Business wear is still something I relate to, with the difference being that the location of the office doesn’t dictate the style of garments anymore. I’m avoiding office wear, though, because its semiology is weaker and is associated with a different type of tailoring.

Peter: Could you reveal the source of inspiration for the Fall/Winter 2022 collection? What was the starting point?

Eftychia: Fall/Winter 2022 is about rock-bottom situations, where the only way out is reconnecting with oneself and finding inner strength, as cheesy as it sounds. It’s a seemingly negative theme, with a very positive outcome. In the abyss—the ultimate darkness—organisms produce light in order to survive. The palette of this collection is very dark, with glimpses of light and some color in details, like a shine in the darkness. It’s full-on tailoring with a lot of self-indulgent details, like the inner satin surface that comes out as a stripe on the lapel, or the velvet-lined pockets.

Peter: Tailoring has always been at the heart of the EFTYCHIA label. What is it about tailoring and traditionally masculine shapes that interest you?

Eftychia: I always thought tailoring was like a language. It has so many codes and secrets—by altering just a few details, the message can be completely different. With tailoring and suiting, an amateur eye won’t understand what a connoisseur will. It’s private and extremely verbal at the same time. As soon as you put on a jacket, you better your posture, giving yourself the importance it deserves. Even though it’s not considered a symbol of femininity, [masculine tailoring] best describes this different kind of woman. In a non-ordinary way, she is extremely desirable and irresistible.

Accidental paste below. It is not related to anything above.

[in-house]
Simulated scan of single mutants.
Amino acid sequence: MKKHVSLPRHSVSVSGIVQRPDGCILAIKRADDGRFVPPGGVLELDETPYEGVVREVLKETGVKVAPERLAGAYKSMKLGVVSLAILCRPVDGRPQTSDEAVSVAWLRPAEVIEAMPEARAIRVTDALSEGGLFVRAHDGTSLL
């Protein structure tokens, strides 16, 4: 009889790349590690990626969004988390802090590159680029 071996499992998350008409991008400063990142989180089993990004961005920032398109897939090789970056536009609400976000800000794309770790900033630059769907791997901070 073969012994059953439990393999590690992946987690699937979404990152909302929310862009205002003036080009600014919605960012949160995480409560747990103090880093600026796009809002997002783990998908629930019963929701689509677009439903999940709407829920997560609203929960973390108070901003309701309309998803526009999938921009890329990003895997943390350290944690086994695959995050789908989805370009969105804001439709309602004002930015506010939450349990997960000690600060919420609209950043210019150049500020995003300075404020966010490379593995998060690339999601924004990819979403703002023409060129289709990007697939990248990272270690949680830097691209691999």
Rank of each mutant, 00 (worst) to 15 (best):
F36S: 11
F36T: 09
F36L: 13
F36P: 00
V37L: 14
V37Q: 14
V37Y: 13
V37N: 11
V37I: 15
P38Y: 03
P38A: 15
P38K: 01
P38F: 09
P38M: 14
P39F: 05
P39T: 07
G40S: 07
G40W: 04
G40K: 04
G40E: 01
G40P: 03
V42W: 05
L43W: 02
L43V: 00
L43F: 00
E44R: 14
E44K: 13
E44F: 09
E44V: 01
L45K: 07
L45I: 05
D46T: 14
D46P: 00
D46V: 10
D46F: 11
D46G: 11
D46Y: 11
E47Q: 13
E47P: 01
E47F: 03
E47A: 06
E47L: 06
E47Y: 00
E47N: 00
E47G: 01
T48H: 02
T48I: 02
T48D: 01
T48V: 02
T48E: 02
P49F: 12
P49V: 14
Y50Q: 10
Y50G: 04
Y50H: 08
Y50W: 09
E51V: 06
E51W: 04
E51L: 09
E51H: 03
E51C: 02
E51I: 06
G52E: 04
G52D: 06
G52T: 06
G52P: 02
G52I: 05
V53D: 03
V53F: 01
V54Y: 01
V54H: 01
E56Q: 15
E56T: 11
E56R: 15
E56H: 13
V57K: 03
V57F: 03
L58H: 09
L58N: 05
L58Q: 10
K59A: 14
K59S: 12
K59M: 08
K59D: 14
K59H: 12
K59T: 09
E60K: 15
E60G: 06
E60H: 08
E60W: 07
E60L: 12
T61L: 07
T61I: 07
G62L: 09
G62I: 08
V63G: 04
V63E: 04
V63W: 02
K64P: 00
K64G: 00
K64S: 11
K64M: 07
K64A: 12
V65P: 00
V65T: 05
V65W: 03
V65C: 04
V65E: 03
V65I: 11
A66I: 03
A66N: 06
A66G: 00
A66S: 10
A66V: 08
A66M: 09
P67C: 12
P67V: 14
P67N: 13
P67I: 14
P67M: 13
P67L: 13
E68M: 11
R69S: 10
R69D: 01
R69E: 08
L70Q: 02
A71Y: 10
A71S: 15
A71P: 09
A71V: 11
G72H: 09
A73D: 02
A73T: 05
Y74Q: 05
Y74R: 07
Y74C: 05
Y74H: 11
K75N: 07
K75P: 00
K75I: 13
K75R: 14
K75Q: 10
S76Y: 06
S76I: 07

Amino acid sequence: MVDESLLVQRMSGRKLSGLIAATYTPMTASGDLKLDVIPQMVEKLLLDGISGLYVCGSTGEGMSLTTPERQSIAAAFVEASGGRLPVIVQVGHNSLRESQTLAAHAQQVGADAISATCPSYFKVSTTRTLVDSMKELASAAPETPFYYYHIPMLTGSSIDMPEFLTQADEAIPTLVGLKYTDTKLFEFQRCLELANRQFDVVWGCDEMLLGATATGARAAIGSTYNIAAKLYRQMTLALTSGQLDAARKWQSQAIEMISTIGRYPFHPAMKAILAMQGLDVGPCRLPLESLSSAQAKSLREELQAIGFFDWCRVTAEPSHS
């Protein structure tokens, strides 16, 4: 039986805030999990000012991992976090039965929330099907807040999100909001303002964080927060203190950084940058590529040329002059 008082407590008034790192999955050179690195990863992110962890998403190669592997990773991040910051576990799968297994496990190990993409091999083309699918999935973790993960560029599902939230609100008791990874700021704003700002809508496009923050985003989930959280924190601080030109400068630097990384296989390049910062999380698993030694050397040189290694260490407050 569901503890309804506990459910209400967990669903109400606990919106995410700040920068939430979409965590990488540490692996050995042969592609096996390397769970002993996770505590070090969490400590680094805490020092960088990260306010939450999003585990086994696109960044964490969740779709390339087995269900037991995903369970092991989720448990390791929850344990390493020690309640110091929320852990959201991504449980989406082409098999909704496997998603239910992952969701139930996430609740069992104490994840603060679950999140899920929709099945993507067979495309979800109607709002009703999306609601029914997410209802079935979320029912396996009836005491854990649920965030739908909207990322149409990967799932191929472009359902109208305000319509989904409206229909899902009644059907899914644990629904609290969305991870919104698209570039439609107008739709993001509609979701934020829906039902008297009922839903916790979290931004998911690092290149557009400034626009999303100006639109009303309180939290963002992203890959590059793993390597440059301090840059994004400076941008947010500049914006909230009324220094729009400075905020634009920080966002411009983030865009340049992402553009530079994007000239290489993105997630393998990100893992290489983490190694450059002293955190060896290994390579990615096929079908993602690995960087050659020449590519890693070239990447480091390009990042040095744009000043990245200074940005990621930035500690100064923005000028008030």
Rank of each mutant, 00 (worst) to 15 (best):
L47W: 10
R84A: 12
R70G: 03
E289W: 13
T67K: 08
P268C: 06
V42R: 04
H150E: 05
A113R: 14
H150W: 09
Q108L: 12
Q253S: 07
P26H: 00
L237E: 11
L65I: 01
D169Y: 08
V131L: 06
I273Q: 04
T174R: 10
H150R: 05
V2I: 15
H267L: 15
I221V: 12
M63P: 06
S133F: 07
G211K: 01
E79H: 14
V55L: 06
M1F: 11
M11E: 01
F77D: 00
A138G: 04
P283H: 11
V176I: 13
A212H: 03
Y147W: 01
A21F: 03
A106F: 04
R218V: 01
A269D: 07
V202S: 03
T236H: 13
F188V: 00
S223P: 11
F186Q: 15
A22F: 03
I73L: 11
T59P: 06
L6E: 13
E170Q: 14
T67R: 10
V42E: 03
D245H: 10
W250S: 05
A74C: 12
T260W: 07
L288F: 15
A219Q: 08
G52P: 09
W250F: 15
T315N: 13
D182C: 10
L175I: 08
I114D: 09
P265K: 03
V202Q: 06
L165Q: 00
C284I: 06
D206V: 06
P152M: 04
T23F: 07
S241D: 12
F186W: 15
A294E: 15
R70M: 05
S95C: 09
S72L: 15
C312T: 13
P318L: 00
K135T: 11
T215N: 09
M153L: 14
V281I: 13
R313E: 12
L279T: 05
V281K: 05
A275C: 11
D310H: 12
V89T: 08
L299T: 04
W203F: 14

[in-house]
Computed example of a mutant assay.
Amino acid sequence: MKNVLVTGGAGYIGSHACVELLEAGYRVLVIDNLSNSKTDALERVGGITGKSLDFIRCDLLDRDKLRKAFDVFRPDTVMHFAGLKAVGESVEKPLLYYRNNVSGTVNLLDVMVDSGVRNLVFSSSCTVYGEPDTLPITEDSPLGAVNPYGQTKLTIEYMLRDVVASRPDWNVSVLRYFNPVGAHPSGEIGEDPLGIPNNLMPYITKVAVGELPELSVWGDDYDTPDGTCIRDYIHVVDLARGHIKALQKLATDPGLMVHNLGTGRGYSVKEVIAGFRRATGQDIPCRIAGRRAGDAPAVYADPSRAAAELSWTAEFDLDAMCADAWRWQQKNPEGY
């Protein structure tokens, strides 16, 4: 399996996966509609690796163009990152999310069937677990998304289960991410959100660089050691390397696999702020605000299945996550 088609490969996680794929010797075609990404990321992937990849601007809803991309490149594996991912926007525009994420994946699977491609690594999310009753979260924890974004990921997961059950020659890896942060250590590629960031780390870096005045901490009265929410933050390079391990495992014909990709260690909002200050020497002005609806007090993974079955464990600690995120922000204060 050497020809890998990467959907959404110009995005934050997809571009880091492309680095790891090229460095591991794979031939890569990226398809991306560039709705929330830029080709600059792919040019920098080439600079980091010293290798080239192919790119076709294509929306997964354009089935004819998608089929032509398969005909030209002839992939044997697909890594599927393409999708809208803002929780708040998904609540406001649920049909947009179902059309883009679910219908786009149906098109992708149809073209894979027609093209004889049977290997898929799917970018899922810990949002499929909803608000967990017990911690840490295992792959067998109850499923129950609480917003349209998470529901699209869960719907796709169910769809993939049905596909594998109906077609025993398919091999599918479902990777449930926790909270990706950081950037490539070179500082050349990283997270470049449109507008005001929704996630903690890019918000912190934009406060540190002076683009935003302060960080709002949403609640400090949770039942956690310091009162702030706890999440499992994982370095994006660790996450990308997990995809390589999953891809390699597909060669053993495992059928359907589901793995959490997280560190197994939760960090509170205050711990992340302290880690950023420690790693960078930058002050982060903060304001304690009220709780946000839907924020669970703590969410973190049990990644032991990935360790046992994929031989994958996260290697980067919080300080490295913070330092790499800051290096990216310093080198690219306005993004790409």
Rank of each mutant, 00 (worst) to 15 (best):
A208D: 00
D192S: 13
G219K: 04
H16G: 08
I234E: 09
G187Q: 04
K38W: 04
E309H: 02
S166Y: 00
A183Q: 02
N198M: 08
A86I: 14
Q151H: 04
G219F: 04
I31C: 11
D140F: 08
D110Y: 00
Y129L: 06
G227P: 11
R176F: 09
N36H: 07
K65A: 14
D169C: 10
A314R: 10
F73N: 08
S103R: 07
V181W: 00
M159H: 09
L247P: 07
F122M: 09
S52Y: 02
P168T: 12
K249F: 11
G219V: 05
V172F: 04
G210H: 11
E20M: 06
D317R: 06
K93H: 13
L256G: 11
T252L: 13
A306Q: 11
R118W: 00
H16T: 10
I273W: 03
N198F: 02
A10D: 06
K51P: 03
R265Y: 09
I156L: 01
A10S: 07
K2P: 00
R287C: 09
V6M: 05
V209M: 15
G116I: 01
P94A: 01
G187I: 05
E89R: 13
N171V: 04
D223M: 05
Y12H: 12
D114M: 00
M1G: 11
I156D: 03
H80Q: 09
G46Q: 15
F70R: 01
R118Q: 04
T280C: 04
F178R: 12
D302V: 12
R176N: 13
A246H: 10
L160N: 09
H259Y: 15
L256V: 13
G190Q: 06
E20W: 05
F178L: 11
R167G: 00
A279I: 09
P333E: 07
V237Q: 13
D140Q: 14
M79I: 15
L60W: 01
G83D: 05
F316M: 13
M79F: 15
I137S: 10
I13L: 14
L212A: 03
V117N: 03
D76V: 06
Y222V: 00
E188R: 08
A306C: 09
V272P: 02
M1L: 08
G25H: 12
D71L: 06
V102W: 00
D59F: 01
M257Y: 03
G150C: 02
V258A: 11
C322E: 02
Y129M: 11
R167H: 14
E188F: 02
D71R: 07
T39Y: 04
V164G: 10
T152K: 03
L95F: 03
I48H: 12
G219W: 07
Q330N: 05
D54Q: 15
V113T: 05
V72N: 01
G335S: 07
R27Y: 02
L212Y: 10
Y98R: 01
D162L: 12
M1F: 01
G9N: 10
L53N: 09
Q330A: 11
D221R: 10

Peter: Who is the EFTYCHIA woman? Has she evolved along with the collections, or remained the same?

Eftychia: The essence of the woman has been the same since my MA: independent, without feeling the need to prove herself to others. In terms of freedom of spirit, she’s almost a bachelor—not a bachelorette. Of course, she’s evolving. Her needs are changing and she’s growing exactly as a real person would.

Peter: Would you consider your collections to be gender-fluid? Have you ever thought about designing menswear?

Eftychia: Anything can be gender-fluid—it’s how the person wears it. I design with a woman in mind, just because I can relate to women and understand them. I also find the woman’s body and proportions more interesting to design for.

I have many male customers, though, and I love the fact that my pieces are versatile in that sense. One store in Japan was stocking the brand for male customers only. As long as men are not complaining about the women’s opening on jackets, and the fly’s side on trousers, they are more than welcome to wear my clothes.

Peter: What do you know now that you wish you knew five years ago?

Eftychia: You can’t rely on anyone, but at the same time, you can’t do anything without the help of others. I’d focus on building a team earlier. Building relationships is the most important thing, and I’d definitely look for investment from day one.

Peter: Your most recent collection is the third that has departed from the brand’s original office-based workwear. What’s next for the label?

Eftychia: This was the last part of the transitional trilogy, yes. Like the three stages of shock: mourning, denial, acceptance. I’m now entering a more mature phase for the brand, focusing on establishing its style and identity, business structuring, and hopefully, longevity.